The Canada Revenue Agency website is seen on a computer screen displaying information about an internet security vulnerability called the "Heartbleed Bug" in Toronto, April 9, 2014. Right in the heart of tax-filing season, the Canada Revenue Agency (CRA) shut down access to online tax services on April 9, 2014 because of an Internet bug that has made data on many of the world's major websites vulnerable to theft by hackers. REUTERS/Mark Blinch Mark Blinch/Reuters
The Canada Revenue Agency says it expects its website to be down until the weekend because of a security vulnerability related to the Heartbleed bug.
The tax agency's website took away the public's ability to log in late Tuesday evening, which raised concerns about a the privacy of sensitive taxpayer data.
"We are currently working on a remedy for restoring online services and, at this time, anticipate that services will resume over the weekend," the tax agency said on its website Wednesday afternoon.
"The CRA recognizes that this problem may represent a significant inconvenience for individual Canadians who count on the CRA for online information and services. Recognizing this, the minister of national revenue has confirmed that individual taxpayers will not be penalized for this service interruption."
The CRA also said it is checking to make sure no taxpayer information was compromised.
"We continue to investigate any potential impacts to taxpayer information, and to be fully engaged in resolving this matter and restoring online services as soon as possible in a manner that ensures the private information of Canadians remains safe and secure,” it said.
The bug is a recently discovered vulnerability in a version of OpenSSL security software code that is installed on two-thirds of the active servers connected to the internet.
A spokesperson for the Department of Shared Services responsible for federal computers said in a written statement that the Heartbleed bug "is affecting virtually all IT systems around the world."
The Canadian government is checking all of its networks and fixing the problem as required, the official said.
OpenSSL was believed to be comparatively safe and secure. But the Heartbleed vulnerability could allow a malicious user to read the memory of affected systems by mimicking the look of an authorized user, which would give the hacker access to sensitive information on any server with the buggy code installed.
"Essentially, they'd get a second key to your house and can walk in whenever they want," technology analyst Carmi Levy told CBC News in describing the bug on Wednesday. "Right now, server owners around the world are busy fixing that. They're trying to patch a fix to close that vulnerability."
There's an easy patch to fix the code, but it must be installed on systems retroactively. And it's very difficult to track whether any unauthorized users have accessed the loophole before it was fixed.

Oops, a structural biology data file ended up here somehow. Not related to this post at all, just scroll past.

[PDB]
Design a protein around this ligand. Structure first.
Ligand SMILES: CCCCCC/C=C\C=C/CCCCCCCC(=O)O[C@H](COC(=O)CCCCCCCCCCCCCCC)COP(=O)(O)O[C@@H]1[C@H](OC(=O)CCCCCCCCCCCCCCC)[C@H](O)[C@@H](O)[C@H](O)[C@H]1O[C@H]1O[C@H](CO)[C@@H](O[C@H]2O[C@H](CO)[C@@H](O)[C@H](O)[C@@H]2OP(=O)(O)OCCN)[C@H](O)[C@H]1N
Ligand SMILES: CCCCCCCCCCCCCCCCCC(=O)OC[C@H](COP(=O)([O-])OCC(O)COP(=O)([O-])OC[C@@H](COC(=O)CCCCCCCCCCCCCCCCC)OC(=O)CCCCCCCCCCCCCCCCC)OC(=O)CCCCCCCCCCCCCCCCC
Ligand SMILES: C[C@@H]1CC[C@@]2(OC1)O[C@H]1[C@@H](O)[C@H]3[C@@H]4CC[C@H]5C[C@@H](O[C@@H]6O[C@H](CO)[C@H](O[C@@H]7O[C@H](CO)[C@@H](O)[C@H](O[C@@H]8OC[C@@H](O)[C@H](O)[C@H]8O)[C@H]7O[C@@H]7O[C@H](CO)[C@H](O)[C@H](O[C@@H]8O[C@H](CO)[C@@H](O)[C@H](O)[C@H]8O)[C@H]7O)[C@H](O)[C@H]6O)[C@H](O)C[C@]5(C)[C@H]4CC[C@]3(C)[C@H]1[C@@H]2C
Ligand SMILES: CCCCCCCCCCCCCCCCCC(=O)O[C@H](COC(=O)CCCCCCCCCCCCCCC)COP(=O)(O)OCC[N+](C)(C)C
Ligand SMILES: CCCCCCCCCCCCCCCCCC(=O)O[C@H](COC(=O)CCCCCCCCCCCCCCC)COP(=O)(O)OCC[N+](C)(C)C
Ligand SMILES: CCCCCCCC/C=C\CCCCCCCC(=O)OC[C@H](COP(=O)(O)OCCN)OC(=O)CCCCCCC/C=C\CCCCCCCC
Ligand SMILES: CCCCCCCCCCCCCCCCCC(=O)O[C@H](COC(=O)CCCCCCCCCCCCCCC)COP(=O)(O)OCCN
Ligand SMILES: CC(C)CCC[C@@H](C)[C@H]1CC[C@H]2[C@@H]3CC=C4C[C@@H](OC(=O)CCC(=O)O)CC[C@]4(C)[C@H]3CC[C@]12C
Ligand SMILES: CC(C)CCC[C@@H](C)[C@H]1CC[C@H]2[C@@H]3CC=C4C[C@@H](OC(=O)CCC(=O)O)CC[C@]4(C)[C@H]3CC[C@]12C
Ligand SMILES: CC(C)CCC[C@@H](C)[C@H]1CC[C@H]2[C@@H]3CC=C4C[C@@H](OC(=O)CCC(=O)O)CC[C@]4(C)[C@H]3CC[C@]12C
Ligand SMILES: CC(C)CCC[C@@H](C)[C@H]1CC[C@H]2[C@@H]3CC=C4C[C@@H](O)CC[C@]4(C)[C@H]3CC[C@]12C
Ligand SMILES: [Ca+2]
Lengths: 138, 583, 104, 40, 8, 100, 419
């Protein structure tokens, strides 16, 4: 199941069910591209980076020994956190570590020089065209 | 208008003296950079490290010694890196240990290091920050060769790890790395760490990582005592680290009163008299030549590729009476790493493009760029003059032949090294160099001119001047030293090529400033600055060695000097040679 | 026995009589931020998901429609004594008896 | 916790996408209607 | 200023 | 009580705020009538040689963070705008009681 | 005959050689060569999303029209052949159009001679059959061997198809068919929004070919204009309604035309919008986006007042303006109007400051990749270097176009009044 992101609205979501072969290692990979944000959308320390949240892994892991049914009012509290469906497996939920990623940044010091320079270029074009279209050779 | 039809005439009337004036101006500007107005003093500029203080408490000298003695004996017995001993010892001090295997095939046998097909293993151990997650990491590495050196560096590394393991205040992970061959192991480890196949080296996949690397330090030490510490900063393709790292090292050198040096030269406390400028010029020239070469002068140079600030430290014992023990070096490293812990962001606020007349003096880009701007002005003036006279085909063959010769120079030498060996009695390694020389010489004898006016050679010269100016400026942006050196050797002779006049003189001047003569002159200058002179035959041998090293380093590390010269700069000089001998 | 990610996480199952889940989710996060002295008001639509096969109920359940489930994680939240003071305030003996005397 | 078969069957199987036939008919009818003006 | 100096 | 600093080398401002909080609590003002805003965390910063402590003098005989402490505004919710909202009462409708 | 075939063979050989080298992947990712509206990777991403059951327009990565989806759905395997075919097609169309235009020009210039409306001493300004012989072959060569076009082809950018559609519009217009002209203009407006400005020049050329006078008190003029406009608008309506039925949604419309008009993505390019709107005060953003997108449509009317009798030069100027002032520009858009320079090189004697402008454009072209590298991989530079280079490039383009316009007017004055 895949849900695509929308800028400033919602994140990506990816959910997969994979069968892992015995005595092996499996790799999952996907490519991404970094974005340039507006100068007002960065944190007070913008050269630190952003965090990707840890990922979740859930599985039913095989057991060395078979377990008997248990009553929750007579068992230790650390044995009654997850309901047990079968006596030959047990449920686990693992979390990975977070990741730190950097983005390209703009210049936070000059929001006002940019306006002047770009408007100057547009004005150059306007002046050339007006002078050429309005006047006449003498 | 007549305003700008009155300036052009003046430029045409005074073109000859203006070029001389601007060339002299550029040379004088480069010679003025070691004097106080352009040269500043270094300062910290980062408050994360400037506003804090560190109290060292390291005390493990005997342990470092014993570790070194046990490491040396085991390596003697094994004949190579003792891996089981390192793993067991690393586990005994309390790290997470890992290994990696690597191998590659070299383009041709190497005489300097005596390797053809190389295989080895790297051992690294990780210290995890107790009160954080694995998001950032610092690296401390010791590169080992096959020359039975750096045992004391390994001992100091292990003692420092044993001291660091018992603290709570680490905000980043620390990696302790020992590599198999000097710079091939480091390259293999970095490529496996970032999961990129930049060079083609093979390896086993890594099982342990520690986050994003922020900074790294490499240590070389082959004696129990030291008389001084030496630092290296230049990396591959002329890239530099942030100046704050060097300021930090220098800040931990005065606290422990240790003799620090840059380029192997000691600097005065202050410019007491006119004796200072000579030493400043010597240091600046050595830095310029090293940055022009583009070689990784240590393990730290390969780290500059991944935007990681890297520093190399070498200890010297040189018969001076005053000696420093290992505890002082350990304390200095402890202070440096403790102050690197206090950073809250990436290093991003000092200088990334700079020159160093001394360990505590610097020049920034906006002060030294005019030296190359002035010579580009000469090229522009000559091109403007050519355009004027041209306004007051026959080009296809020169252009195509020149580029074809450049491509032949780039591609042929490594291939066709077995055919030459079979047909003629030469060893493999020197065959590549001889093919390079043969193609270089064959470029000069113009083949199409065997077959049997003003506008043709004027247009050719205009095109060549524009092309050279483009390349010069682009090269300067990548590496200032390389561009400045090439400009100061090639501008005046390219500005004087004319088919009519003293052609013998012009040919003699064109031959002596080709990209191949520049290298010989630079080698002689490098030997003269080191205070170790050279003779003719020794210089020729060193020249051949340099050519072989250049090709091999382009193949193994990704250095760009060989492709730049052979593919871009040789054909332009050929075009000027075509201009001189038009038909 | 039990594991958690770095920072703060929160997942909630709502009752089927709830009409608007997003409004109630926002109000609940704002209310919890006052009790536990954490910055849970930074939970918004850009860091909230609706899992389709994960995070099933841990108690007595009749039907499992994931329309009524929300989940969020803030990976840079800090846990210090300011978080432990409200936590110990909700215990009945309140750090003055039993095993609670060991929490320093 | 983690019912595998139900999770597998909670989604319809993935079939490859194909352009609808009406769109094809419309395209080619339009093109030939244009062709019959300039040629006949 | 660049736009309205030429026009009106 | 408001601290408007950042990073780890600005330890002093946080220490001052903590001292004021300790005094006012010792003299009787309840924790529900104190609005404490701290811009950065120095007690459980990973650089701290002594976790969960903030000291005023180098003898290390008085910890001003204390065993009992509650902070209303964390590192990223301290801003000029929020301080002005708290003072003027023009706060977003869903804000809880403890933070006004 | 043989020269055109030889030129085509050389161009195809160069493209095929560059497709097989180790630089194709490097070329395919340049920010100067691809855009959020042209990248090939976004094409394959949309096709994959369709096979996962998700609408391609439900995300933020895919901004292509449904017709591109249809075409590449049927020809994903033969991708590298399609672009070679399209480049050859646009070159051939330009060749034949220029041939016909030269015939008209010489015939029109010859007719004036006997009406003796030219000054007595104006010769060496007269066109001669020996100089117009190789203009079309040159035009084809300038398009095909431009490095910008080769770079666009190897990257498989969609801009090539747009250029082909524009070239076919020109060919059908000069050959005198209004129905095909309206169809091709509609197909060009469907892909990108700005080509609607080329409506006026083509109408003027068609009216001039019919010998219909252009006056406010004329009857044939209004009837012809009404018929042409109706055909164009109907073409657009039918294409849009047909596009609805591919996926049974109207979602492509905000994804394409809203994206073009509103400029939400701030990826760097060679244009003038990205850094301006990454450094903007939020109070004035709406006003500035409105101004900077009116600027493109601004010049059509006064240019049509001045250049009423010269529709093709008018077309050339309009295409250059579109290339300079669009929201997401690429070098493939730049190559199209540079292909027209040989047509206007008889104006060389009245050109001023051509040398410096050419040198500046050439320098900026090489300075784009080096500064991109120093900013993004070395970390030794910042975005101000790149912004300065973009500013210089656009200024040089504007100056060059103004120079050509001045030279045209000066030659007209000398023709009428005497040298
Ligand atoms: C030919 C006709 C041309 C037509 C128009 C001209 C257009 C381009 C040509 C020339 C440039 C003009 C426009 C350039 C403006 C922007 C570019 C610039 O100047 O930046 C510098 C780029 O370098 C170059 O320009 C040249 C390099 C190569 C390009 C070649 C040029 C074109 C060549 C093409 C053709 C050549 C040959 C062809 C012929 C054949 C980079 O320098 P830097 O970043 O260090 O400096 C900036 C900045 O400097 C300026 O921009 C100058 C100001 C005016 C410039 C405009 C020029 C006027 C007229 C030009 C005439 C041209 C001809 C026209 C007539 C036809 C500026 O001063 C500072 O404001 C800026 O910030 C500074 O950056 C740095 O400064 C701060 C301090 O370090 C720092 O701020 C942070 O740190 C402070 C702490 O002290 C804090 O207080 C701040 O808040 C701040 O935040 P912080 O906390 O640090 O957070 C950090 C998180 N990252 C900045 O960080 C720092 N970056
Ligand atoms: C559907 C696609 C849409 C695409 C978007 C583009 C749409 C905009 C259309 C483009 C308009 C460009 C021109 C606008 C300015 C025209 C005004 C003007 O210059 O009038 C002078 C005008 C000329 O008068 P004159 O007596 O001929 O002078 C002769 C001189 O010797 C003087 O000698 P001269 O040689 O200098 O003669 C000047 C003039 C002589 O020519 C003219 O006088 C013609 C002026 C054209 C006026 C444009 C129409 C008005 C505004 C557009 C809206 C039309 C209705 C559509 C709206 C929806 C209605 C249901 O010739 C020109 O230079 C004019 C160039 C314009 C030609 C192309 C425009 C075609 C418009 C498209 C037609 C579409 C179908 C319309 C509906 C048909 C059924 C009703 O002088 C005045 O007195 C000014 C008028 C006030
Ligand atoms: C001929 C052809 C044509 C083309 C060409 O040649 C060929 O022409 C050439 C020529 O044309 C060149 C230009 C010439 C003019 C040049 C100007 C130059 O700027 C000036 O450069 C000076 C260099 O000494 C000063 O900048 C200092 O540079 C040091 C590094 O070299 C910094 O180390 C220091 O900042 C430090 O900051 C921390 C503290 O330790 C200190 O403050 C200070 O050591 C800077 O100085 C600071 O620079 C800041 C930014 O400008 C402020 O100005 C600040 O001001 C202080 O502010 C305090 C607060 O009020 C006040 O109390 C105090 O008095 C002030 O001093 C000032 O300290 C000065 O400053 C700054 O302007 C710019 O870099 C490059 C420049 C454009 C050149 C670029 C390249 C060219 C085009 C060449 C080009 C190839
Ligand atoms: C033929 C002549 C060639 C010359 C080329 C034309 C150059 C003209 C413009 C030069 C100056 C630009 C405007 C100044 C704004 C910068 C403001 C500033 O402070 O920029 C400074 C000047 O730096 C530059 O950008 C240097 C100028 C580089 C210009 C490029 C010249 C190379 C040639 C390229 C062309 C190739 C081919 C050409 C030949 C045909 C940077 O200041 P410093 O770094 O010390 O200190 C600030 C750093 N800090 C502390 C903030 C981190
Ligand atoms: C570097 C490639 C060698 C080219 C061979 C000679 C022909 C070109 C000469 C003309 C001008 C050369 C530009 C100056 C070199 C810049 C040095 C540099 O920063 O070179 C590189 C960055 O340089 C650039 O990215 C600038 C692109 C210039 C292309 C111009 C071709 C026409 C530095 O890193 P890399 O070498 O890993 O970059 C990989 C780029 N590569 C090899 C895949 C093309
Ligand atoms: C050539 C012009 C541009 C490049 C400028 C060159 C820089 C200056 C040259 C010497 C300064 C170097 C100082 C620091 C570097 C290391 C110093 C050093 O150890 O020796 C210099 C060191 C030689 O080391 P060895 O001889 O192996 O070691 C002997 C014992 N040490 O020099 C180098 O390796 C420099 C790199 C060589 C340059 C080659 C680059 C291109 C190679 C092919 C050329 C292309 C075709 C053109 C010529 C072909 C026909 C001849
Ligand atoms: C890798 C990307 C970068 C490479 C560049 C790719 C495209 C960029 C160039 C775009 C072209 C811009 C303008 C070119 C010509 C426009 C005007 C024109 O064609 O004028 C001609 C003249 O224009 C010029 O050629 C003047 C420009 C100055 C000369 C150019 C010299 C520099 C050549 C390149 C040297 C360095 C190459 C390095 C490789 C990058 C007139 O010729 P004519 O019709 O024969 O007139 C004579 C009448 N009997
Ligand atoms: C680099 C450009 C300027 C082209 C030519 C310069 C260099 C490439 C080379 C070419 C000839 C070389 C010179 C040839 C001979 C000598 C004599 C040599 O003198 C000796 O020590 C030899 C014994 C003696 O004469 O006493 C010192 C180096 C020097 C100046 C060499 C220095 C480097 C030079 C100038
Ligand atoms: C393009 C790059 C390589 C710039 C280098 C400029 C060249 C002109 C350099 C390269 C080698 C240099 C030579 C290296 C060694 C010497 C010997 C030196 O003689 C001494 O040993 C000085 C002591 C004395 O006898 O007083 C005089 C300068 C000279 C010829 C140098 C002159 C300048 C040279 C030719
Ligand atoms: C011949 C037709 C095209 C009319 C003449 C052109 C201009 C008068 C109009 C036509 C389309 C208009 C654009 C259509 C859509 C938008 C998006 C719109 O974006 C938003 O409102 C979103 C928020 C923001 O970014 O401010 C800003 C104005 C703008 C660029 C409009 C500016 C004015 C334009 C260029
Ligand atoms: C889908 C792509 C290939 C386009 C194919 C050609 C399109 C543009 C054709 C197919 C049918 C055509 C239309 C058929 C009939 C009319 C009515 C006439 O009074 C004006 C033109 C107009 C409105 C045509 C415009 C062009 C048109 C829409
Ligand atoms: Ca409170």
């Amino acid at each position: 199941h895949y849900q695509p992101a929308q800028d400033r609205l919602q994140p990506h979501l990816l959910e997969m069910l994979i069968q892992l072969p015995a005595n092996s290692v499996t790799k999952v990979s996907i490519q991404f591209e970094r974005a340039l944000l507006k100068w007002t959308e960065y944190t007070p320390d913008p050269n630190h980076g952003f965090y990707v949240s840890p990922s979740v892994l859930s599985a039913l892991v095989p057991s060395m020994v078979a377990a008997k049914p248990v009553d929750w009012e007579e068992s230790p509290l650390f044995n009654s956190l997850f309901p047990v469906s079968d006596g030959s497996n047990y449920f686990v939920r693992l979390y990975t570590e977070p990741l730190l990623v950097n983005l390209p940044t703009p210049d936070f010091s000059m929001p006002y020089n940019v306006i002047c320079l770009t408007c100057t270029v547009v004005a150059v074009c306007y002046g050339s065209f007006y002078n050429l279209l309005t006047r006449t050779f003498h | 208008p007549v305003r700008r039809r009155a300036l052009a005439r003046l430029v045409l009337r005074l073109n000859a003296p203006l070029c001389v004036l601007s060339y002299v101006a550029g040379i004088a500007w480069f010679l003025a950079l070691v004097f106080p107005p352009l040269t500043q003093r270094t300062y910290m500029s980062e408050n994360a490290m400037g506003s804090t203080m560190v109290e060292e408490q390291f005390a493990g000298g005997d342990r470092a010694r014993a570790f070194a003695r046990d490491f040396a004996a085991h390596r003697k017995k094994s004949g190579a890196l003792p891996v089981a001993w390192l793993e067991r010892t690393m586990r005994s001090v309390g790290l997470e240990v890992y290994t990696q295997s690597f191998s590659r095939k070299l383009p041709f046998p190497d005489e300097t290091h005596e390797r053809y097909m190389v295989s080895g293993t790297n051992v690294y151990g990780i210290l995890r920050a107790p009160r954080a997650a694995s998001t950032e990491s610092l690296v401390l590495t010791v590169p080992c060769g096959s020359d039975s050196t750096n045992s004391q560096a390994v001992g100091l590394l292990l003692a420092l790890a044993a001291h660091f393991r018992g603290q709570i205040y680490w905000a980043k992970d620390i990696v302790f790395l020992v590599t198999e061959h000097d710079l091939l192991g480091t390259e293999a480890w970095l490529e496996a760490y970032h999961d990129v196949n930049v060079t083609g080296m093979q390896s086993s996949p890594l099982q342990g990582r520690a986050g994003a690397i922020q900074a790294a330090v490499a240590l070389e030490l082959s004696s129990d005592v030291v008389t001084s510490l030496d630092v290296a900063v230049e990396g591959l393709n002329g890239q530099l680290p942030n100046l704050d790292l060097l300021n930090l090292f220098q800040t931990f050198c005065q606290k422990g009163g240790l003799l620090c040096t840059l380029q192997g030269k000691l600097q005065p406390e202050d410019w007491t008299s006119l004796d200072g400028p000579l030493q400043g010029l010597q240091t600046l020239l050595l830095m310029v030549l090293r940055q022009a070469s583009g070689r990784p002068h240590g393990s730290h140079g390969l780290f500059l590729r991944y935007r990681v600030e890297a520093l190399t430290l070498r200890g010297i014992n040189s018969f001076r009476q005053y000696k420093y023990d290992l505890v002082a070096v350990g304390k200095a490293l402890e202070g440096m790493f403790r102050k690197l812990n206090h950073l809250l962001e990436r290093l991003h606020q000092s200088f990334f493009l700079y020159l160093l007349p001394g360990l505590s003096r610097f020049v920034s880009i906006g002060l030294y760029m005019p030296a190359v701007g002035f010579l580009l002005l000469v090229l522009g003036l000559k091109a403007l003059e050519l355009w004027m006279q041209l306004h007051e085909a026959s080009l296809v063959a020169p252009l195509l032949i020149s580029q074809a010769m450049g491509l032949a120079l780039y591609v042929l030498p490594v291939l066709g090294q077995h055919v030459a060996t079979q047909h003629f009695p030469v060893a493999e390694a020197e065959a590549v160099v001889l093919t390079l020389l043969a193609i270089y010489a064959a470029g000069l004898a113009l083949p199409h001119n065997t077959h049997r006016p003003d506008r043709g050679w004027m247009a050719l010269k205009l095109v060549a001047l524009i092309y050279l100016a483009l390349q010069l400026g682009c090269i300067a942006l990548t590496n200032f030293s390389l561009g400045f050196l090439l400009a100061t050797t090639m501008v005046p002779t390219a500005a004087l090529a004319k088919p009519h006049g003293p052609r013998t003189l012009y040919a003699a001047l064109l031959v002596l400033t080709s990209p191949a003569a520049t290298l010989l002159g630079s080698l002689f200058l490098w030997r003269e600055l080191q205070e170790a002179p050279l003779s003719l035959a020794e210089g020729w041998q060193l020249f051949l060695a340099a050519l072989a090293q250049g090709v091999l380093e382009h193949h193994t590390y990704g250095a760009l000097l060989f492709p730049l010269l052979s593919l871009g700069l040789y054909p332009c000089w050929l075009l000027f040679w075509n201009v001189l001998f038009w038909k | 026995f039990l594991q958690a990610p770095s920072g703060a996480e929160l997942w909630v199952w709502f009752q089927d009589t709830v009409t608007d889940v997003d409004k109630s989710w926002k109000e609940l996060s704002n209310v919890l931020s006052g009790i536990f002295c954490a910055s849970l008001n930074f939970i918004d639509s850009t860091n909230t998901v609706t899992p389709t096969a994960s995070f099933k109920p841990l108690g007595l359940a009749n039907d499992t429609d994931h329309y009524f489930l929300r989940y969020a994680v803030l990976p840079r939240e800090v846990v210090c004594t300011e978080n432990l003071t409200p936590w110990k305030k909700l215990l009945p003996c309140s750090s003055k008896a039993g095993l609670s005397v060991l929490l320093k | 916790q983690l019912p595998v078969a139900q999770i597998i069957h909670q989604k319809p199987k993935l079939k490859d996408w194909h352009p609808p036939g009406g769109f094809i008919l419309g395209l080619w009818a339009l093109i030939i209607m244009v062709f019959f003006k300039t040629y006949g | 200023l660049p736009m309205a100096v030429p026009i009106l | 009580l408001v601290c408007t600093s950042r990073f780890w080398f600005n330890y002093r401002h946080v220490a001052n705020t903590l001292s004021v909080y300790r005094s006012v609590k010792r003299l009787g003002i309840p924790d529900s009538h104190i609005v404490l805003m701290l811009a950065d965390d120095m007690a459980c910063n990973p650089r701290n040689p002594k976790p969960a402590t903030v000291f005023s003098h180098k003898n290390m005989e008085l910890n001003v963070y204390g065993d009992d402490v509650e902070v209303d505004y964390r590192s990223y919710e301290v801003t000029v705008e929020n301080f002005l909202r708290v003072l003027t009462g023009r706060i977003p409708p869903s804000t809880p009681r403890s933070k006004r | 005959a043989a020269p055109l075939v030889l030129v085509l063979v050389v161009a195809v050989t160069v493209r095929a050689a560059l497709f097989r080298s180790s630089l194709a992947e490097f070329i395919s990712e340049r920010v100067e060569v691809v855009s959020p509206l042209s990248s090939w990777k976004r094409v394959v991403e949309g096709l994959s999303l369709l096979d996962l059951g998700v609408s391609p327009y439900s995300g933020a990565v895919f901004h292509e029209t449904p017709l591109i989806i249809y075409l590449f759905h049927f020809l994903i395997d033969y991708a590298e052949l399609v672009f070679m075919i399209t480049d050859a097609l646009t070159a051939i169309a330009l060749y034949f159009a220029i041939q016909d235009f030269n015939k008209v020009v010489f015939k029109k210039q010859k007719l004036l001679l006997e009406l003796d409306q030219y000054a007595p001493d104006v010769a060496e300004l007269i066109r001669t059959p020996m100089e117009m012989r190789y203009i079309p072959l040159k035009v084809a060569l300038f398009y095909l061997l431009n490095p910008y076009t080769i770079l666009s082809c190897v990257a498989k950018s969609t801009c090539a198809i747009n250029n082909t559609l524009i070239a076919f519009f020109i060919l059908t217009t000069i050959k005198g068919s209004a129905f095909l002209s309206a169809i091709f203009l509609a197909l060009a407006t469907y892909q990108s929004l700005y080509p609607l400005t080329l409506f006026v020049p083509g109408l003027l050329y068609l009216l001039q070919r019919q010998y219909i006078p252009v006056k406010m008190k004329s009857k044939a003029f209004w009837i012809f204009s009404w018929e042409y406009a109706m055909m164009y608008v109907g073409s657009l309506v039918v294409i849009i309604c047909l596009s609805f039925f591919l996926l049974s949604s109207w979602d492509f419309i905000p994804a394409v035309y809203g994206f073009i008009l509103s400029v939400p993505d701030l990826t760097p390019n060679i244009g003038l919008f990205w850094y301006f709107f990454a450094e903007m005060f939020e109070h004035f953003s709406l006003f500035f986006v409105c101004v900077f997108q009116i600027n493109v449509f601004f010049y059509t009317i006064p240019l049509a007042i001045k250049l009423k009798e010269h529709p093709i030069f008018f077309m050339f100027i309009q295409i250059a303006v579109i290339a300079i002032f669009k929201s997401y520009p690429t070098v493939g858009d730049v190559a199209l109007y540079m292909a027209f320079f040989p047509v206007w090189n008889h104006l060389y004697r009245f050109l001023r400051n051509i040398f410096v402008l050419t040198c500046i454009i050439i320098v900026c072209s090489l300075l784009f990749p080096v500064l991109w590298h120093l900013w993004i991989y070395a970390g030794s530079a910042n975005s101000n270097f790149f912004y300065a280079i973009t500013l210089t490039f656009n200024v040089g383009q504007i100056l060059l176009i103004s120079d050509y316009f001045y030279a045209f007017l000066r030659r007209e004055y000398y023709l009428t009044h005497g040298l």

The CRA's move affects online tax-return filing services such as EFILE and NETFILE and also online access to account information for individuals and businesses.
Revenue Minister Kerry-Lynne Findlay told reporters the agency learned of the website vulnerability Tuesday night and CRA officials worked through the night on the issue.
"Obviously, we deal with very sensitive and personal taxpayer information on a daily basis and so we want, as a precautionary measure, to make sure that our systems are functioning and back up as soon as possible. We know it's a difficult time being tax-filing season for Canadians," Findlay said, adding, "We're on top of this."
Asked whether Canadians who have already filed their tax returns should be worried about their information, Findlay repeated that the CRA shutdown was a precautionary measure and officials are "working on it."
NDP attacks Conservative priorities
The NDP attacked the government's response to the threat, saying it shows the government doesn't put a priority on management of public services.
"The Conservatives are such poor public managers that they can't deliver the grain, they can't even deliver the mail and now at tax time they can't even communicate with Canadians through the revenue agency," NDP Leader Tom Mulcair told reporters on Parliament Hill.
"They've made [public services] their lowest priority and it's not surprising that we see it breaking down."
Liberal Leader Justin Trudeau called on the government to act quickly to solve the problem.
"I think it's extremely important that we understand that security is not just bricks and mortar any more," Trudeau told reporters.
"Technology and information security is going to be a huge area of concern in the 21st century and we have to make sure that our various agencies, particularly ones dealing with sensitive data as the CRA, are keeping up with the need to protect Canadians in virtual ways, as well as the other agencies who protect us in physical ways, and I look forward to answers from the government in the days and weeks to come."
The department of public safety first posted an advisory Tuesday warning of the OpenSSL vulnerability, saying the Canadian Cyber Incident Response Centre was aware the security flaw "could allow a remote attacker to decrypt secure (internet) traffic."
The advisory said CCIRC, the agency within Public Safety that helps protect Canada's electronic infrastructure from cyber attacks, was recommending "system administrators test and deploy" security updates to "affected platforms."
The U.S Department of Homeland Security issued its first advisory about Heartbleed on Monday.
The 2014 deadline for personal income tax filing for the 2013 tax year is at the end of this month.
The CRA tweeted a few days ago that 1,763 online returns were being processed per minute. More than 6.7 million Canadians have filed tax returns electronically as of March 24. That represents almost 84 per cent of returns.
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